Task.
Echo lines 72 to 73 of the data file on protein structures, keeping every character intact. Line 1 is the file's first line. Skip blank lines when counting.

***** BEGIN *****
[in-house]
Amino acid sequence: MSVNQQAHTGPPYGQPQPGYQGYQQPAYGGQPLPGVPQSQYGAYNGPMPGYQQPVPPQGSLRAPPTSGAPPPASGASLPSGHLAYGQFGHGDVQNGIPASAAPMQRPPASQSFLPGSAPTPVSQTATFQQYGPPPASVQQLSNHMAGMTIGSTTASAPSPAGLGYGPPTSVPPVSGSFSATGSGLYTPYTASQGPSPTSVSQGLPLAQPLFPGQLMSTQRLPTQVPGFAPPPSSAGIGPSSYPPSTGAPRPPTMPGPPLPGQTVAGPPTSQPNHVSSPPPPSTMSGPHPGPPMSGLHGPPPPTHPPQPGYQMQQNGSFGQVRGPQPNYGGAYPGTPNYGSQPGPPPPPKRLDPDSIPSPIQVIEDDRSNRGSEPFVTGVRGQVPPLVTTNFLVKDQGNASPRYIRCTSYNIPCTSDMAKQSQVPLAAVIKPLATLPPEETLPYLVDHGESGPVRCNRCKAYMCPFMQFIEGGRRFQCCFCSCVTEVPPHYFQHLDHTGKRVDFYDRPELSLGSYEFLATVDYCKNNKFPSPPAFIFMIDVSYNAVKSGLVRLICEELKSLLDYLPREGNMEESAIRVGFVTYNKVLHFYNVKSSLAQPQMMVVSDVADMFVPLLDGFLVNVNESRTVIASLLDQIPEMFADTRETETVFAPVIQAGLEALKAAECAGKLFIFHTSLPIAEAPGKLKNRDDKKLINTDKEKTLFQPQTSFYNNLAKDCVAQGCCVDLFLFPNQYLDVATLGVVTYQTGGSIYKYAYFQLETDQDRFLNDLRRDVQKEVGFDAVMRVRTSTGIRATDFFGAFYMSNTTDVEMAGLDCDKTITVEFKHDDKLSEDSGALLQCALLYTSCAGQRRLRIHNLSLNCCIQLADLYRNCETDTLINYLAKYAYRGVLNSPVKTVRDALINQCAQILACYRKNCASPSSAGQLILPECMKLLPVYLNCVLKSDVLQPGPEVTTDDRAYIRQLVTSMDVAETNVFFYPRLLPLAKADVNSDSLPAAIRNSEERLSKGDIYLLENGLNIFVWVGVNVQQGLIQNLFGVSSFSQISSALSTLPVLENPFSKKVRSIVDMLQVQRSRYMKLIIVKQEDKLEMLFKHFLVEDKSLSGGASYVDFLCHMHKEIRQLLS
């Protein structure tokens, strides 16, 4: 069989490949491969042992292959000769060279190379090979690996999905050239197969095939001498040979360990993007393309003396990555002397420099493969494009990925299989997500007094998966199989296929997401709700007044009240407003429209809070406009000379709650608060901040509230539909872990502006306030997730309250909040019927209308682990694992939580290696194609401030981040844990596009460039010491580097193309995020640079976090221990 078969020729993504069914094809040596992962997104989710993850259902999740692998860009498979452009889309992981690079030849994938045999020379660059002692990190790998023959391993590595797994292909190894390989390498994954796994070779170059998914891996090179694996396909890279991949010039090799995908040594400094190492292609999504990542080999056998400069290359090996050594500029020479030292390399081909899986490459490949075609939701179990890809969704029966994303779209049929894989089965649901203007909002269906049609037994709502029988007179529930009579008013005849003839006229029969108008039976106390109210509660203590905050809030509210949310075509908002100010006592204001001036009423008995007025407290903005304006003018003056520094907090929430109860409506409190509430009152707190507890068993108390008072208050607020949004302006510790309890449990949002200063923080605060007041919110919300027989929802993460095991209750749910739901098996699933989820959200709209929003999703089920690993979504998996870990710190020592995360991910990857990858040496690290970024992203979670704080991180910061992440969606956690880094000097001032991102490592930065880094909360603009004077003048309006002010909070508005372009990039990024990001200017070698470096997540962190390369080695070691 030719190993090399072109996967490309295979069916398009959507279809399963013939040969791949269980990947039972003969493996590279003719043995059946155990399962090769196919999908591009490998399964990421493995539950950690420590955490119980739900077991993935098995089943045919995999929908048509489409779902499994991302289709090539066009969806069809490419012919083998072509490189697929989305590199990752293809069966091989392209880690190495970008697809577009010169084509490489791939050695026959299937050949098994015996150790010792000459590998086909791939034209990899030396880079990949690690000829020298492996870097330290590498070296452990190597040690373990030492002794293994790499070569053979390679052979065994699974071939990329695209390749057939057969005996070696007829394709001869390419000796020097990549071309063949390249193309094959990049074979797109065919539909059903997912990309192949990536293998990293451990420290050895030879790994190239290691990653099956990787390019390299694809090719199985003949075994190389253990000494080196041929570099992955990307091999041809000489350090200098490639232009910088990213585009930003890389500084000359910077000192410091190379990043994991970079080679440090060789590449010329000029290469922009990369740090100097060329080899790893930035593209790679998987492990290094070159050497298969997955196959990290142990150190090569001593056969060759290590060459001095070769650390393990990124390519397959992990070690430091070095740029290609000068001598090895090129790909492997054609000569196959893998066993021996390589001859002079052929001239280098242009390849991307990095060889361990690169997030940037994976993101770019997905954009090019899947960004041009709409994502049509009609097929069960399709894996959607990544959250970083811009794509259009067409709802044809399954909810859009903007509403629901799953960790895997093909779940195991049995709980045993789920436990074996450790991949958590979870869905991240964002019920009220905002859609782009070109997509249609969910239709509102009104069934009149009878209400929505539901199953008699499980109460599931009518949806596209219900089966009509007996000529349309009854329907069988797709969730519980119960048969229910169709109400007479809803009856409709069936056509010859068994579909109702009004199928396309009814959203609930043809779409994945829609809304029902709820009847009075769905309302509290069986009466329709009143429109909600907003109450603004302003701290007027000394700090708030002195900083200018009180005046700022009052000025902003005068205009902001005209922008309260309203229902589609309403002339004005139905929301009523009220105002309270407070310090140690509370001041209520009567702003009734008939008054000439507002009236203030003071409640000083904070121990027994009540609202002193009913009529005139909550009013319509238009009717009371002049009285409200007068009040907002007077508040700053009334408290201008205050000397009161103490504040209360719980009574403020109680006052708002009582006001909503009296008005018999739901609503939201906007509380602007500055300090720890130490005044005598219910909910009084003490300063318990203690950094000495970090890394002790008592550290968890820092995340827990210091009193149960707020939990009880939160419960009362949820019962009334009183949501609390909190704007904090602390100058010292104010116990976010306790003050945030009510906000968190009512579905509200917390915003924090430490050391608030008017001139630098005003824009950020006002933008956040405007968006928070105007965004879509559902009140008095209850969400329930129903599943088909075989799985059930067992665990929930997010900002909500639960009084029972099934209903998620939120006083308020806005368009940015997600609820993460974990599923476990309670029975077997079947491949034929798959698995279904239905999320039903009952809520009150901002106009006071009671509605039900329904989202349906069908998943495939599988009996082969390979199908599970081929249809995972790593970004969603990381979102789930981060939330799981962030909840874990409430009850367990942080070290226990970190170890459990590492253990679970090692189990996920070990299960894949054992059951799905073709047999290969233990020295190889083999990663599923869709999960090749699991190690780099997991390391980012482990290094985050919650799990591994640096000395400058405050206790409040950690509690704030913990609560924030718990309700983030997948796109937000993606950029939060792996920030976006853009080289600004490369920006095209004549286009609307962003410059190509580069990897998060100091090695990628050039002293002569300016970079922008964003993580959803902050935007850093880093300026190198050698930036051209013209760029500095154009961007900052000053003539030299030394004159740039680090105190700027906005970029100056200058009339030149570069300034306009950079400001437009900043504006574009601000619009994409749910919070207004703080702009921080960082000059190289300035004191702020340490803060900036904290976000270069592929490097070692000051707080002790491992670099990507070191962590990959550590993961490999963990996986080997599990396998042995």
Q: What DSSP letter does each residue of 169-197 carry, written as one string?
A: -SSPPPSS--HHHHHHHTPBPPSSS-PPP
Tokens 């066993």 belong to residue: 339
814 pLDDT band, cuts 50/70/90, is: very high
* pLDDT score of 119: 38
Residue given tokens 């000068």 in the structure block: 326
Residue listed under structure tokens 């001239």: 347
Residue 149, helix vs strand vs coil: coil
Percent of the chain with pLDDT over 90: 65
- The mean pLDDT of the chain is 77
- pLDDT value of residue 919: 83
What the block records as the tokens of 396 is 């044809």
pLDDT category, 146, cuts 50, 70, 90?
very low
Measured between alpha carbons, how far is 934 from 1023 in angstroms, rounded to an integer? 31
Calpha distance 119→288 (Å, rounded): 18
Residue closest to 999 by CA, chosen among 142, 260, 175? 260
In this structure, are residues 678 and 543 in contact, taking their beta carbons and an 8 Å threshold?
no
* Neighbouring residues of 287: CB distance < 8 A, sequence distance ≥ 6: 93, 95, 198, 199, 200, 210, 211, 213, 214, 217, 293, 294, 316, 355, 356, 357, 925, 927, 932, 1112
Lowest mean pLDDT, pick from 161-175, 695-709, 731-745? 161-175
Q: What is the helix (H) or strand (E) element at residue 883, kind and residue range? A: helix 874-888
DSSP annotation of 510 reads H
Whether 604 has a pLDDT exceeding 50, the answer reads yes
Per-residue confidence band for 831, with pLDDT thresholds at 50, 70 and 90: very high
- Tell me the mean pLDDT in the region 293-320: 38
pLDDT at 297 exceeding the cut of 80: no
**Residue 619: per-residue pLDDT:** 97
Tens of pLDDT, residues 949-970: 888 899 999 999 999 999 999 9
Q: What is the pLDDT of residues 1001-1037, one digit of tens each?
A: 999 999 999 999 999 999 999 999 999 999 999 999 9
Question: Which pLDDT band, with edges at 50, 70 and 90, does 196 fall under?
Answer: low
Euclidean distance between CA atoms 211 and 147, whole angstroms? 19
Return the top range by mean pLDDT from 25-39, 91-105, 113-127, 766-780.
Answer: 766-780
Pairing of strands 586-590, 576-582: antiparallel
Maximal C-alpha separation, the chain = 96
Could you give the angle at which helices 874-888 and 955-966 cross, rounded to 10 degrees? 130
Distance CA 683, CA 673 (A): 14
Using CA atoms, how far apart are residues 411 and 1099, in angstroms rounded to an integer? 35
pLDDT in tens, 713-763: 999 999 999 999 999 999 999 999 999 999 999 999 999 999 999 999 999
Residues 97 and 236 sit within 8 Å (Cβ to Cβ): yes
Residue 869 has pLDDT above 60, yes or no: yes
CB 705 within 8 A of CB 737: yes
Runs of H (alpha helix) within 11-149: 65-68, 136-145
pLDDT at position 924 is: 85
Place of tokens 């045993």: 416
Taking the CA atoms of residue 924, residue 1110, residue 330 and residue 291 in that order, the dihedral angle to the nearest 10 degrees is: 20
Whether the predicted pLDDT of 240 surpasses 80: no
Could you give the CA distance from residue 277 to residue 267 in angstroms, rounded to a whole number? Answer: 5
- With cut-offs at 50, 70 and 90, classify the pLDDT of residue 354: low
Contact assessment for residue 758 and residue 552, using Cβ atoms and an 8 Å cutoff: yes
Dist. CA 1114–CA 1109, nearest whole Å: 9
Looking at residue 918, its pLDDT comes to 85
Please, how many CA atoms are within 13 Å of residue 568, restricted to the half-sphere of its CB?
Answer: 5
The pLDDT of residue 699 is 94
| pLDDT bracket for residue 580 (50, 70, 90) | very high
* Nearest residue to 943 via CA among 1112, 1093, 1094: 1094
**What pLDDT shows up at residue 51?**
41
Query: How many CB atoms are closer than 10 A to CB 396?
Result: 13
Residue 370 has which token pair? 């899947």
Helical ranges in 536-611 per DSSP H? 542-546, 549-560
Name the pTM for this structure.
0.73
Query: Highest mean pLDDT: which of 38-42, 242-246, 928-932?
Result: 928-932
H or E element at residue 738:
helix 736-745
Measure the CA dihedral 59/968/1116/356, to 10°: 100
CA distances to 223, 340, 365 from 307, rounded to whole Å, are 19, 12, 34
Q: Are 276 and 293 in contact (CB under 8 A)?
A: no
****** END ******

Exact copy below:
Query: Highest mean pLDDT: which of 38-42, 242-246, 928-932?
Result: 928-932